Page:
Tom Lydon on CNBC: Opportunities in Emerging Markets, Fixed Income

The Nasdaq Composite shed 1.43% at Monday’s closing bell, thanks to investors fretting over the additional tariffs U.S. President Donald Trump is set to impose on $200 billion of Chinese goods. Heavy hitters in tech saw declines today like FANG stock mainstays Apple, Netflix and Amazon.

Apple lost 2.7% on potential issues looming as the trade war escalation between the U.S. and China could negatively impact computer parts. While the trade wars continue to move and shake the U.S. capital markets, it hasn’t deterred investors from deploying capital into exchange-traded funds (ETFs)–$167.9 billion worth of inflows.

“We’re having more money coming in to U.S. equity ETFs, U.S. fixed-income ETFs than international ETFs that we saw at the beginning of the year,” said ETF Trends publisher Tom Lydon on CNBC’s Closing Bell on Monday.

Perhaps the move to U.S. equity ETFs presages that more pain is headed towards emerging markets as trade war uncertainties continue to be a thorn in their side or it’s simply a matter of investors following the money and with the major U.S. indexes like the S&P 500 hitting record highs, the U.S. stock market has been the go-to strategy. However, there is also considerable value belying emerging markets when taking a closer look at fundamentals.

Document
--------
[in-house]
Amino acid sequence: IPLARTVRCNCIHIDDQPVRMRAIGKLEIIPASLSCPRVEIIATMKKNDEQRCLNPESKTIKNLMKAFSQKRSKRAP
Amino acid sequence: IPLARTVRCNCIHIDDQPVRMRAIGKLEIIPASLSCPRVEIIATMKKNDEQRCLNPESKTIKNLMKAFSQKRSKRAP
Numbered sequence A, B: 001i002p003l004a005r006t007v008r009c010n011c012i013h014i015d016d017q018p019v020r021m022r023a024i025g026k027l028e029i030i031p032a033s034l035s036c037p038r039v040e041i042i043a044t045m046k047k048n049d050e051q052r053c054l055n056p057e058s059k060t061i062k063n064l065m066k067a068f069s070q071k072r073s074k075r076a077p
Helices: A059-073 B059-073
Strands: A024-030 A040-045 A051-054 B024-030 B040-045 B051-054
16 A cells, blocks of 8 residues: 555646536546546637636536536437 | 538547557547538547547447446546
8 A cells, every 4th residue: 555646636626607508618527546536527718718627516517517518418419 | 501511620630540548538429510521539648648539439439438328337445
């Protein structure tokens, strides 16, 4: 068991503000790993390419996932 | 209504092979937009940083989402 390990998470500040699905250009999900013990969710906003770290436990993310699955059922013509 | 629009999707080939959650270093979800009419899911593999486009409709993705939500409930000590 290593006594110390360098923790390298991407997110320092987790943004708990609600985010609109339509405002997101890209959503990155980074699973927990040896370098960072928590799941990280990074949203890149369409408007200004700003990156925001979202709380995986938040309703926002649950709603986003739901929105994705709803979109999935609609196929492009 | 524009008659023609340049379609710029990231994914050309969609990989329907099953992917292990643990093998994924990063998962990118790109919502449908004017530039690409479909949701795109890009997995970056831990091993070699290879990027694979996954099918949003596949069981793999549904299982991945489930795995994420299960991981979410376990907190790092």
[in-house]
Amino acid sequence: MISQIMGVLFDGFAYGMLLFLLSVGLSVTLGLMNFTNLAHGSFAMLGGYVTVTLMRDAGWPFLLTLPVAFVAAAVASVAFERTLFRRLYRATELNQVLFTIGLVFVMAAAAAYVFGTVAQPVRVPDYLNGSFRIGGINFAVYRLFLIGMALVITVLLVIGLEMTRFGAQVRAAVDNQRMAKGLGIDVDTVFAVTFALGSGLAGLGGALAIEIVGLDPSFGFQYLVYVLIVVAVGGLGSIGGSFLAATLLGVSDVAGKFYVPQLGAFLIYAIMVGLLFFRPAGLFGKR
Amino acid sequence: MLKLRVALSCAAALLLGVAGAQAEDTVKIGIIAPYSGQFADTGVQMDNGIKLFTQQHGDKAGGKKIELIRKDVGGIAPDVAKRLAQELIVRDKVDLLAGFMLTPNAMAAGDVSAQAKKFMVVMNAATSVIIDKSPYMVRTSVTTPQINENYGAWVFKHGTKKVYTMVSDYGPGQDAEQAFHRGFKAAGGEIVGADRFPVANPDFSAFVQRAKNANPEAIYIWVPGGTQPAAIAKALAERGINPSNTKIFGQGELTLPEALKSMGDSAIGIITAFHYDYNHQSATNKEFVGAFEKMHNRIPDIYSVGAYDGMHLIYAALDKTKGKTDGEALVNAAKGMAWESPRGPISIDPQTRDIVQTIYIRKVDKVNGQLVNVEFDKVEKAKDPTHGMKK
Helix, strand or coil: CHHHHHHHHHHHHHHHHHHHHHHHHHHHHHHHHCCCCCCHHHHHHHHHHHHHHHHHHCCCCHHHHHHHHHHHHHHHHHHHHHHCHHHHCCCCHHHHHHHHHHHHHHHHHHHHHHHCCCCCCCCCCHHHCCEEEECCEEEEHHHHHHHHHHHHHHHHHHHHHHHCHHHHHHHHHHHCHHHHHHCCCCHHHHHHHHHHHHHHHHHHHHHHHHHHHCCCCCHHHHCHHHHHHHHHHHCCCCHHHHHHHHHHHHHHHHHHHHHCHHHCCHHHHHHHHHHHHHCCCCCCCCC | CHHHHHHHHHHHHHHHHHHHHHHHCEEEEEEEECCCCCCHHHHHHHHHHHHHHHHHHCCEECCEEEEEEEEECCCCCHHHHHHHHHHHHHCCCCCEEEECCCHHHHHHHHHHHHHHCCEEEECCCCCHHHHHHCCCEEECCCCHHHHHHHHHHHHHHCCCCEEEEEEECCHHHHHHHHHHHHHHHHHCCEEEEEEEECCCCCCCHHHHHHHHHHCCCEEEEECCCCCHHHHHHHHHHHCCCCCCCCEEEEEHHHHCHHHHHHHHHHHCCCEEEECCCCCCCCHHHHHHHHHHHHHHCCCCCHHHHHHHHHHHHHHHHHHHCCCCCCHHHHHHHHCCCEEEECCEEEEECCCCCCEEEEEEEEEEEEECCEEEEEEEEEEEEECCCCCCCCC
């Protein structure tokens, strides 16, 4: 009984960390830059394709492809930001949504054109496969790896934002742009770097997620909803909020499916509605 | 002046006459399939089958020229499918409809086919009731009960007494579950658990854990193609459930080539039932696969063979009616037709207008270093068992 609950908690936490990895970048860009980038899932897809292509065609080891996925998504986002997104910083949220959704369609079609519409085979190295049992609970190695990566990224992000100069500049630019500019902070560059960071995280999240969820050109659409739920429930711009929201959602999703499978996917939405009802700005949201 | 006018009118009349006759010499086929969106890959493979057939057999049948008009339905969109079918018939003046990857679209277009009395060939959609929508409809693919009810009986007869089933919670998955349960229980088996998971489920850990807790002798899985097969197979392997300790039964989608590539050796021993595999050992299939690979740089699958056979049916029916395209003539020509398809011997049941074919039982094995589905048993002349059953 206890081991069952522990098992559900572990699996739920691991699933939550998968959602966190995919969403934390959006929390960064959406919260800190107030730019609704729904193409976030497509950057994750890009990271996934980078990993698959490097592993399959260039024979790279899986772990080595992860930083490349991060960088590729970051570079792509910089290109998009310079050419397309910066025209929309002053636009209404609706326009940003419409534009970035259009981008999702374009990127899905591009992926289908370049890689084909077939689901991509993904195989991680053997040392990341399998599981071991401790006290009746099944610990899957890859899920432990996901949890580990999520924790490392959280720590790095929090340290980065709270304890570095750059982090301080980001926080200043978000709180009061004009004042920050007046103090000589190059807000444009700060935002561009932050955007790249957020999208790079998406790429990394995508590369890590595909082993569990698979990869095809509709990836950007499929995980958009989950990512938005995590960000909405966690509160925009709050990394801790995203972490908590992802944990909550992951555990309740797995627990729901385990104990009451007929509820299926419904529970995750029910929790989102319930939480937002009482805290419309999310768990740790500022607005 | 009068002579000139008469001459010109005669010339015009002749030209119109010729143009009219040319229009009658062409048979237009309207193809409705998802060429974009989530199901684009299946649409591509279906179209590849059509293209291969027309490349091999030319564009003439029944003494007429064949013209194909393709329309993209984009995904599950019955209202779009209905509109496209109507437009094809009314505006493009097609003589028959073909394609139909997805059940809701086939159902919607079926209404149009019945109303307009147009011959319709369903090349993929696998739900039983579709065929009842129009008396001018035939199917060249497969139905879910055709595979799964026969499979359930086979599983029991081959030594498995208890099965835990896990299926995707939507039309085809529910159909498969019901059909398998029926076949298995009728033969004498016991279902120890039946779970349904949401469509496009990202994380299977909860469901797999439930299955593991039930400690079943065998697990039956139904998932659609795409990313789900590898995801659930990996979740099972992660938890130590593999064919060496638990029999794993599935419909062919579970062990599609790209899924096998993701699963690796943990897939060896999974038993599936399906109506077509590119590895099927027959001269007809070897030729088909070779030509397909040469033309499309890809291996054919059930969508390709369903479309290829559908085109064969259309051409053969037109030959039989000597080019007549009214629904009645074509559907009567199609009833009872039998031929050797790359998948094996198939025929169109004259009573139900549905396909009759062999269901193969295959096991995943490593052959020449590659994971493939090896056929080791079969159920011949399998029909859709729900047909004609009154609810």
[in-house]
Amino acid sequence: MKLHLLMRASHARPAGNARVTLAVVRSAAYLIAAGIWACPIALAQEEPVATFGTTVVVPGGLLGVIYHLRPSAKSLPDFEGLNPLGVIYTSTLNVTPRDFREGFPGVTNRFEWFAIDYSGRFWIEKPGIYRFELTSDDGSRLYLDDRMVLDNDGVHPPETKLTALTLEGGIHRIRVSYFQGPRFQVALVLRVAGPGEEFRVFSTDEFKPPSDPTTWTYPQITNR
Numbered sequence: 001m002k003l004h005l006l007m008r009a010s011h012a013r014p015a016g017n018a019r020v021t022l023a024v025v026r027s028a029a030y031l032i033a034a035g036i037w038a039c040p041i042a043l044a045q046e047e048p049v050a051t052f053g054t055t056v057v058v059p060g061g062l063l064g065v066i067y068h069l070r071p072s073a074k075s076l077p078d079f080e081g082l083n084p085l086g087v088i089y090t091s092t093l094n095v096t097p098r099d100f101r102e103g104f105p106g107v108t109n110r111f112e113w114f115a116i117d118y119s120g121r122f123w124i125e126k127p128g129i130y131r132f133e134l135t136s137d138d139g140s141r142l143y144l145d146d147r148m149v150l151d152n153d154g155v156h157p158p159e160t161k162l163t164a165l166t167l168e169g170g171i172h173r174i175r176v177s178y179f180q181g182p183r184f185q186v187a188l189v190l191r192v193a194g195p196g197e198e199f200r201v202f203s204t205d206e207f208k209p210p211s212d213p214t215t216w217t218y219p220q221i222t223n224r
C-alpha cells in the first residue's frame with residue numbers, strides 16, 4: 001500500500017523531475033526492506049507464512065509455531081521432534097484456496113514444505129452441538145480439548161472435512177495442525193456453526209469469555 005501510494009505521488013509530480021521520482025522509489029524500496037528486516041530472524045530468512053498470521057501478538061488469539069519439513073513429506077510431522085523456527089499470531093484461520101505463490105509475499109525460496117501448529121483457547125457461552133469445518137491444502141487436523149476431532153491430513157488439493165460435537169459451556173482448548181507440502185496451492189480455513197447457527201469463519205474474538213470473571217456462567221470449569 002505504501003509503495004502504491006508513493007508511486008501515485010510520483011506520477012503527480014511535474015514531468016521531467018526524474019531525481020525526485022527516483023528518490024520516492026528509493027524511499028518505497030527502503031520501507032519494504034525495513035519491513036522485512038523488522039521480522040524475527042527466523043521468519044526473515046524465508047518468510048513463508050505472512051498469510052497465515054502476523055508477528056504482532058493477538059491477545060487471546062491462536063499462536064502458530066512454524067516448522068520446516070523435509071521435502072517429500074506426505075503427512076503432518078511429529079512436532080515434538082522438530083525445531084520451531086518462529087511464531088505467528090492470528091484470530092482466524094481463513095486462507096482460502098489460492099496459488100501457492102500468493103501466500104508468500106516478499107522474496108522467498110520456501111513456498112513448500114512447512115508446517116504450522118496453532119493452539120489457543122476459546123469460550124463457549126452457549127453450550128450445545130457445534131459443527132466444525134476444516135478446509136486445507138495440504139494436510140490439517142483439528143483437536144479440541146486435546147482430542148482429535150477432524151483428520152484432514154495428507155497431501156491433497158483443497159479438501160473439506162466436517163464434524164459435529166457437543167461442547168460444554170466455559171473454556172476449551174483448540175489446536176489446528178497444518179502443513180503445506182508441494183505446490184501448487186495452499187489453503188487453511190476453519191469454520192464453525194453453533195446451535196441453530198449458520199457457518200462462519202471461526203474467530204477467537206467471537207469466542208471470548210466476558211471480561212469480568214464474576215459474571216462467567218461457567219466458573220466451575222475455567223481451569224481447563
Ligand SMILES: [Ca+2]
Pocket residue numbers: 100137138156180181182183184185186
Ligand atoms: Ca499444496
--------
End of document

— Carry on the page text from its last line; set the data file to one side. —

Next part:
“We’ve got this big decline, but the PE (price-to-earnings ratio) is around 10 in China, 11 in emerging markets,” said Lydon. “There’s some emerging market ETFs that are really, really cheap and also, you can get them for an expense ratio of 14 basis points.”

While the two economic superpowers continue to lock horns on trade, a positive outcome on trades talks could give a much-needed boost to China-focused ETFs and emerging market ETFs.  As Lydon suggests, many of these ETFs from abroad present a profitable opportunity that can be realized, especially if China and the U.S. ameliorate their trade differences.